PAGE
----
Pico Wireless Pack adds ESP32 WiFi & Bluetooth module to Raspberry Pi Pico

Pimoroni Pico Wireless Pack is an add-on board for Raspberry Pi Pico adding a MicroSD card socket and ESP32 WiFi & Bluetooth module to the popular MCU board.

While it’s a nice idea to add wireless connectivity to Raspberry Pi Pico, ESP32 is a dual-core Xtensa LX6 processor clocked at 160 to 240 MHz with WiFi, Bluetooth, and plenty of I/Os that should be able to handle most tasks better than Raspberry Pi RP2040 dual-core Cortex-M0+ processor clocked at 48 MHz by default, although we’ve also seen it overclocked up to 252 MHz.

Pico Wireless Pack for Raspberry Pi PicoIt comes with female headers that allow it to be inserted directly to the back of Raspberry Pi Pico has shown above, or into a “GPIO expander” board like the Pico Omnibus shown below through an SPI interface.

Raspberry Pi Pico Wireless

Pico Wireless Pack specifications:

  • Wireless module – ESP32-WROOM-32E WiFi 4 & Bluetooth 4.2/5.x module with PCB antenna, 4 MB SPI flash (module connected via SPI)
  • Storage – MicroSD card slot
  • Pre-soldered female headers for attaching Raspberry Pi Pico
  • Misc – 1x tactile button, 1x RGB LED
  • Dimensions – ~53 x 25 x 11mm

Sometimes it makes sense to have two chips, as the RP2040 Cortex-M0+ should consume less, which would be beneficial when running on battery, but the Pico board does not include battery support. So I guess the main benefit would be for people having already developed an application on Raspberry Pi Pico, and wanting to connect it to the network.

Pimoroni employee Phil Howard (aka Gadgetoid) showcased the solution on Twitter with a demo serving an HTML file from an SD card over WiFi.

That does the job, but you could also just remove the Raspberry Pi Pico board to achieve the same result by powering Pico Wireless Pack with a separate 5V (or is it 3.3V) power source. The software would likely be quite similar since like RP2040, ESP32 can be programmed with the Arduino IDE or MicroPython. Note that Pimoroni provides its own MicroPython firmware. Using the C/C++ SDK for the respective processor would however lead to a fairly different source code.

pico wireless pack pinout
Pico Wireless Pack pinout

You’ll find documentation on Pimoroni’s shop where you can also purchase the Pico Wireless Pack board for 12 GBP or about $16.70 US. The price is competitive against Arduino Nano RP2040 Connect, but the best value, if you want WiFi with RP2040 MCU, is probably the $12.95 Wio RP2040 Mini board at this time. In the future, it could prove more interesting to get a USB-powered “ESP32 Pico Wireless” board as well that could work independently and leverage the Raspberry Pi Pico ecosystem.

Via Tom’s Hardware

[Updated – Initially published on May 6, 2021 featuring a prototype of the board, but the post was updated on June 26,2021 with the launch of Pico Wireless Pack]

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14 Comments
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David Willmore
David Willmore
4 months ago

Do I need to repost an altered version of the Worthless meme here? This reminds me of the beginning of the ESP hacking era when ESP8266 ESP-01 boards were being used via UART with modem commands to add wireless abilities to arduino and other projects. It wasn’t long that people realized that the ESP8266 was a better chip than where they were attaching them to. Those projects that didn’t need the other I/O just moved onto the ESP8266 entirely. I thought we had skipped that with the ESP32 as development for those chips have been available since inception. Why are… Read more »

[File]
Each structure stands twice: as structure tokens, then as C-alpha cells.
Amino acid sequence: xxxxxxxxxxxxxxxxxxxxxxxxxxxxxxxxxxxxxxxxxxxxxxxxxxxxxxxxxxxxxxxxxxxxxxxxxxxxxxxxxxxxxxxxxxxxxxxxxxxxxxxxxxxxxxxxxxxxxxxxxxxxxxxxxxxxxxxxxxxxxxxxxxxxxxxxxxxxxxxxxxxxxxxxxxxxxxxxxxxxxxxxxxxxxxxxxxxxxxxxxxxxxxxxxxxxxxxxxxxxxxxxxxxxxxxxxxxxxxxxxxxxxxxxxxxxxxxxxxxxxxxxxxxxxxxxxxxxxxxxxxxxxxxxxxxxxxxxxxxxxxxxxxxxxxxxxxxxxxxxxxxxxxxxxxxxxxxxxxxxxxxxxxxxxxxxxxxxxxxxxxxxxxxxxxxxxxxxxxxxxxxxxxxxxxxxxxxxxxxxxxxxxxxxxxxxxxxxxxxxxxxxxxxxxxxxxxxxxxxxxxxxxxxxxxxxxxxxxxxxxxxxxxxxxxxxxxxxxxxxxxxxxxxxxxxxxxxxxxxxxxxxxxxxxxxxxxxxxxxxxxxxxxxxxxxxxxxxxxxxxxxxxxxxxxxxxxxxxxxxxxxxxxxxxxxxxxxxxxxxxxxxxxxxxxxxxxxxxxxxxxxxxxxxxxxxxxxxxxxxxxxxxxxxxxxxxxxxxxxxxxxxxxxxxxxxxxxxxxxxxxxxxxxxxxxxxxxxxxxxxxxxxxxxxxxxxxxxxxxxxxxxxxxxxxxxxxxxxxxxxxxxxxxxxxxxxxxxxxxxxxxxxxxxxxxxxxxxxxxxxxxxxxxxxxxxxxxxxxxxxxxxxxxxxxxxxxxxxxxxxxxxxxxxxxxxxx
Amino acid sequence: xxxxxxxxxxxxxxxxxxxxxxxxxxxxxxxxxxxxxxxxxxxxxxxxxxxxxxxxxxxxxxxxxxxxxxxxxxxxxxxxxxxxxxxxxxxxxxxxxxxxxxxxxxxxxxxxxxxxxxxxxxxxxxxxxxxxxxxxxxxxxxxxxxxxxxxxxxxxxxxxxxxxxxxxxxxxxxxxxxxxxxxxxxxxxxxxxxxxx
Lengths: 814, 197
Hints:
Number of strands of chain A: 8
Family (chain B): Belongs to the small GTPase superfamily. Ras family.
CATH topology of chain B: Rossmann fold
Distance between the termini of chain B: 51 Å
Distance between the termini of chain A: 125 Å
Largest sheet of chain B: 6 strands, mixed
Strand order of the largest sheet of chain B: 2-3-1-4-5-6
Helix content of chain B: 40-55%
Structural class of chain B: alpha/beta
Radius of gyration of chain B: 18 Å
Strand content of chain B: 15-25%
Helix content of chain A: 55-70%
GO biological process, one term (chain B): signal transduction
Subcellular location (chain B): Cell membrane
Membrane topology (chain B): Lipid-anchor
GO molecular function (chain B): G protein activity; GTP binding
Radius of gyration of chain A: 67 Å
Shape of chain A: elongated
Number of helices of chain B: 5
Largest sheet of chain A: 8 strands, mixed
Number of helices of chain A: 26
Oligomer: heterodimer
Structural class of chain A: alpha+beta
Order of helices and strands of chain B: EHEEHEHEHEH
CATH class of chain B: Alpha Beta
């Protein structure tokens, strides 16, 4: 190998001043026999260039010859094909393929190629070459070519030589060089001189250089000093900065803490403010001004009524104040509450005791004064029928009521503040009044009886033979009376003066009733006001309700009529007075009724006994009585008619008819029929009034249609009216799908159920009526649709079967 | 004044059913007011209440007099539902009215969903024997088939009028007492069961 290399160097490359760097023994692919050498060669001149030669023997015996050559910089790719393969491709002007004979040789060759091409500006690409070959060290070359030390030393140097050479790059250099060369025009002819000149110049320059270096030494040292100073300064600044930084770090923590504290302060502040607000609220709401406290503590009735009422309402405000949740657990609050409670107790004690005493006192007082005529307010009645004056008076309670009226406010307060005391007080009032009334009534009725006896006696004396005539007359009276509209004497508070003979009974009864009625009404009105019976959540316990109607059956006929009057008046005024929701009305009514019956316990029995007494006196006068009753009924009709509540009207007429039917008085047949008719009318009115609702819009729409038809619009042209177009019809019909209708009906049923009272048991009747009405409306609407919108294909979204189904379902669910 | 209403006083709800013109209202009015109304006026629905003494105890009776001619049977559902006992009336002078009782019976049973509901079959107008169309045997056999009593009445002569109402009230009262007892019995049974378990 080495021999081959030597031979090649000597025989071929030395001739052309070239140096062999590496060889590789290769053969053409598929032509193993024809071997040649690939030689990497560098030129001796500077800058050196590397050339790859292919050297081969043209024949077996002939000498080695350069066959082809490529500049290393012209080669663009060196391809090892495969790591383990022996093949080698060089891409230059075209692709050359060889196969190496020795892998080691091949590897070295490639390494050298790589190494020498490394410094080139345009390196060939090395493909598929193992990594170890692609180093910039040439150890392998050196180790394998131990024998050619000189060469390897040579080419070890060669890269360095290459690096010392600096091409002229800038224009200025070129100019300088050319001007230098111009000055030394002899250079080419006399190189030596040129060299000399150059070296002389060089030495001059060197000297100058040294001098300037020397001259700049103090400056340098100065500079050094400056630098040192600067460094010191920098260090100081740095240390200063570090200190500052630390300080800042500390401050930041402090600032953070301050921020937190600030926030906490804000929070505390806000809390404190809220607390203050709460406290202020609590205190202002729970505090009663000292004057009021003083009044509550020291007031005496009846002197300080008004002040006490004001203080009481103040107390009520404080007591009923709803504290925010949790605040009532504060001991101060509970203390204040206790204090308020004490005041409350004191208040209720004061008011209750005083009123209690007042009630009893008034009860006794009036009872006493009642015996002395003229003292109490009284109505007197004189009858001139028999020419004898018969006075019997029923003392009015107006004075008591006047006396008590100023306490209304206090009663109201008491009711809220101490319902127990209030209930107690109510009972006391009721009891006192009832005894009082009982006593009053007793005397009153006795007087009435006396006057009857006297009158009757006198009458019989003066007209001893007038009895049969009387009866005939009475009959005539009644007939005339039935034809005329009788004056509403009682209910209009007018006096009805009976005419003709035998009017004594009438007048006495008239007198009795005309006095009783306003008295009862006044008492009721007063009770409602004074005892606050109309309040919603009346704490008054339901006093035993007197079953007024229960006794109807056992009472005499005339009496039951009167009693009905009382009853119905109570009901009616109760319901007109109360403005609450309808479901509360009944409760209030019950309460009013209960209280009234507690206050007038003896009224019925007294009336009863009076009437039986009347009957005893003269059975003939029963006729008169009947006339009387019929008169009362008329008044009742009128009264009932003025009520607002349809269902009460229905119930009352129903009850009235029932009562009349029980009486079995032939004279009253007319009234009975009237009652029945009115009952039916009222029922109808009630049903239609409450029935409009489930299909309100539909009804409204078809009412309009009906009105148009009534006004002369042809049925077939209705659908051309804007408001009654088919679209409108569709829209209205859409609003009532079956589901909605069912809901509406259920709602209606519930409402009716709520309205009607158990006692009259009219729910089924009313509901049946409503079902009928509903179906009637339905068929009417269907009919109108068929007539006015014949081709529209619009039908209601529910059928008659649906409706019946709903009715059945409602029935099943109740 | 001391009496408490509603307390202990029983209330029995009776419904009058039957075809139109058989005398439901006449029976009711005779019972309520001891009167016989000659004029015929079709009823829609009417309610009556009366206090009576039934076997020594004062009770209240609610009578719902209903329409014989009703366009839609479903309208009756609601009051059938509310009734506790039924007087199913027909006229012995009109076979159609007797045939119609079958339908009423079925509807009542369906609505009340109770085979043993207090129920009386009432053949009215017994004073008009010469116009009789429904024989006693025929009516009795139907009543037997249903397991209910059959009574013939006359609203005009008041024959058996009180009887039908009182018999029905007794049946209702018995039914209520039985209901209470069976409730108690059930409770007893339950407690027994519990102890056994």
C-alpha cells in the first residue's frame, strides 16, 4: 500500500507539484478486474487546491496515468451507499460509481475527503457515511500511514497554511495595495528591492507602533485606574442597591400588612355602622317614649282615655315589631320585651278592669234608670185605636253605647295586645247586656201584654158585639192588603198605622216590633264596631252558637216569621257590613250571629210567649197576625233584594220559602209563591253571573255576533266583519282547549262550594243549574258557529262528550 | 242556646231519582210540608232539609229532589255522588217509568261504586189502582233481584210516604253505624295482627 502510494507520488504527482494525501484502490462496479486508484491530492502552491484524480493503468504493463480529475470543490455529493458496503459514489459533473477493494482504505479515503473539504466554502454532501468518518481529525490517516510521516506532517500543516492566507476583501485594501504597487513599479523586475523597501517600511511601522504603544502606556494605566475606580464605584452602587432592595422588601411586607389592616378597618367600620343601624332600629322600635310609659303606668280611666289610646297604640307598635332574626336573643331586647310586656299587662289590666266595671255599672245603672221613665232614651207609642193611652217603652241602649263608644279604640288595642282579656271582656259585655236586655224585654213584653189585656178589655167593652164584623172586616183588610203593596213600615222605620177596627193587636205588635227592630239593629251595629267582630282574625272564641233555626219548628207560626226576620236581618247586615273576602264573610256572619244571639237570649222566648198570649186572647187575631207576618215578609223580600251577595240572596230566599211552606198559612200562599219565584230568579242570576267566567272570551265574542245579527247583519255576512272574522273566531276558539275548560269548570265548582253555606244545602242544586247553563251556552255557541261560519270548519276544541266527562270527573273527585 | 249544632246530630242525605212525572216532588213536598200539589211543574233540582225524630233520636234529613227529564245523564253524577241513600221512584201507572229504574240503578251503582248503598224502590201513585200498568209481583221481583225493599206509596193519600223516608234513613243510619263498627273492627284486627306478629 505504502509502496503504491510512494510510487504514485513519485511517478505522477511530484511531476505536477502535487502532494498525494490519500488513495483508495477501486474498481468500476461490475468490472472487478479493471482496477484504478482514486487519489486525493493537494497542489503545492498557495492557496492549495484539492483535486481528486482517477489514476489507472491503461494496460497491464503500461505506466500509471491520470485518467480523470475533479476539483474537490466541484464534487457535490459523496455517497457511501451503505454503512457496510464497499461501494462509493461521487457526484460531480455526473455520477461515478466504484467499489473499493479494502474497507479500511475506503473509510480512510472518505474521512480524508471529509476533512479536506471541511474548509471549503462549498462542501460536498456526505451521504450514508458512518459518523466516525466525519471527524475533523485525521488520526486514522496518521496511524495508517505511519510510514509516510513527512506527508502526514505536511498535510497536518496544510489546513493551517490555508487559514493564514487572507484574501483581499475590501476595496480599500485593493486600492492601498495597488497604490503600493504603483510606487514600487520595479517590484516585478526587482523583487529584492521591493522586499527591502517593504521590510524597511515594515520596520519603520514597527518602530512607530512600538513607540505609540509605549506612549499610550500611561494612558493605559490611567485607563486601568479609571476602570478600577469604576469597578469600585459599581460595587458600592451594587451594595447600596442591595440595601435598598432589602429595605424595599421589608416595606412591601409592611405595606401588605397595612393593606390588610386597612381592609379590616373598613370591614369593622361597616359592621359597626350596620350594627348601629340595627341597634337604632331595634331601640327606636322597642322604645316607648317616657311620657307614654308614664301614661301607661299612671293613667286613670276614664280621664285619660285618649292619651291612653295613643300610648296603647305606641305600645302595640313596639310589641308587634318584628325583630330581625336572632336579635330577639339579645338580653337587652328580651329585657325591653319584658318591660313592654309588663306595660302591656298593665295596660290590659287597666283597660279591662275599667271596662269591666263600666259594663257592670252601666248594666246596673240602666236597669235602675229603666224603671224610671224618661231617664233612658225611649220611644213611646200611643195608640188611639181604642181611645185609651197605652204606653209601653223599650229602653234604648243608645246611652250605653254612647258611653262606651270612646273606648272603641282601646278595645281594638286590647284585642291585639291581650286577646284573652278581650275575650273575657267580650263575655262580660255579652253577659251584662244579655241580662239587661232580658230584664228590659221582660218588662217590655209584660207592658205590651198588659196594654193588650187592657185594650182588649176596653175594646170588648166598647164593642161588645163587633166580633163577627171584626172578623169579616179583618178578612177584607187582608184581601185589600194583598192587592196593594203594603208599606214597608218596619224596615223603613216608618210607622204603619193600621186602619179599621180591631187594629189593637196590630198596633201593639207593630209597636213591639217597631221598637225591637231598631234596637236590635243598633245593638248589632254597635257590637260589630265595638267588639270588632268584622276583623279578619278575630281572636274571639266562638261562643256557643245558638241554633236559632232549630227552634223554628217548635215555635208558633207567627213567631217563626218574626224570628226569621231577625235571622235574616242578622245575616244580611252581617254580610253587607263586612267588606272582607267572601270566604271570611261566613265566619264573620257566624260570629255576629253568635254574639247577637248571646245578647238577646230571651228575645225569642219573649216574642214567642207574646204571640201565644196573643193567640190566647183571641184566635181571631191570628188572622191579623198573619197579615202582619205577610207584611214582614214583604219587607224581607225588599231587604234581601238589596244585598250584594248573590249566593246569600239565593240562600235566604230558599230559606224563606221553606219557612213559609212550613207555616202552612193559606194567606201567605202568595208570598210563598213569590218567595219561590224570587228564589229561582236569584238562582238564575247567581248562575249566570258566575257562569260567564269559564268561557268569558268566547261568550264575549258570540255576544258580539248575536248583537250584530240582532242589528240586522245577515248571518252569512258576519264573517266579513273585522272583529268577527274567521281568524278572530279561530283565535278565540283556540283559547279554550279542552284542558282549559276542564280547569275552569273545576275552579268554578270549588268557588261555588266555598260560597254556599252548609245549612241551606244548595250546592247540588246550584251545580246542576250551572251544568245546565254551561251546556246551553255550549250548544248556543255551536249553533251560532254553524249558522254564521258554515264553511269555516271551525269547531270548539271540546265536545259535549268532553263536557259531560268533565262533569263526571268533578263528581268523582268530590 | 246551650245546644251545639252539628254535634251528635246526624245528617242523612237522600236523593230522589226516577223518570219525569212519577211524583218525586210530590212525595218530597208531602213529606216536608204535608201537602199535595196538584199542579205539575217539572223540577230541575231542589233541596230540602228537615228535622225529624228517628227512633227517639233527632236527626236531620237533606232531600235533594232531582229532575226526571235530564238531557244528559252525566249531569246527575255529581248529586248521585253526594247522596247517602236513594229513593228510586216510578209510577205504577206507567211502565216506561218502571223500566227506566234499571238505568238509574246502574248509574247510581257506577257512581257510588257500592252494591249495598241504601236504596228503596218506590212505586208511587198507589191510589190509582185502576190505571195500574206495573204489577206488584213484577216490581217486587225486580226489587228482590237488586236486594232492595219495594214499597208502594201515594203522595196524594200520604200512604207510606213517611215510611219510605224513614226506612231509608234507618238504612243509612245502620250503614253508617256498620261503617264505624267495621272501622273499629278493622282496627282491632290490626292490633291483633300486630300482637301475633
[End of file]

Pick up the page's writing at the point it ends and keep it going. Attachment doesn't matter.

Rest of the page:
Gaetano
Gaetano
4 months ago

I totally agree with you!!! The esp32 used as MCU is at the same level of PiPico; the only better aspect on the PiPico is the state machine on the I/O side.

Philipp Blum
Philipp Blum
4 months ago

Wow, such a pointless board. So, people now just create Pico boards, because they think the buyers of the Pico are stupid enough to buy their boards as well?

David Willmore
David Willmore
4 months ago

*puts finger on nose*

Philipp Blum
Philipp Blum
4 months ago

I mean, if it works ^^ I just can’t recommend anyone buying it and using it. Very pointless 😀

wanderer_
4 months ago

Erm… yeah this seems pretty pointless.

I mean get it that it is good for educational purposes, and indeed the Pico is pretty easy to get into (USB programming, choice of IDEs, community support), but still…

Philipp Blum
Philipp Blum
4 months ago

You can also develop applications for the ESP32 with the Arduino IDE. So, I don’t see any benefit here at all.

crashoverride
crashoverride
4 months ago

I weep for humanity.

Marcin Dąbrowski
4 months ago

It would have made more sense with newer ESP32/minimal module/minimal board/attached to the back of Pico/same footprint as Pico (delete as appropriate)

David
David
4 months ago

The moment I saw the RPi Pico was radio-less, I knew it would only be a question of time before I saw this stupid combination. Just because it can be done, doesn’t mean it should be done.

mike
mike
4 months ago

Wow, talk about useless.

Anonymous
Anonymous
2 months ago

Still totally useless today

geokon
2 months ago

I feel like this could make some marginal amount of sense if it was an ESP8266 and you wanted to do some time critical stuff on a separate chip and then async wireless coms on another. But the ESP32 has two cores and a google search says you can run real time stuff on one core and the wifi stack on another. I don’t actually know how easy it is to code up vs communicating between two chips

Anyone have experience with that? (Honest question.. not trolling..)

Tuff Professional
Tuff Professional
2 months ago

This is for education. The RP2040 was made for education. This is for someone who wants to study on how to communicate 2 different MCUs and share data between then.

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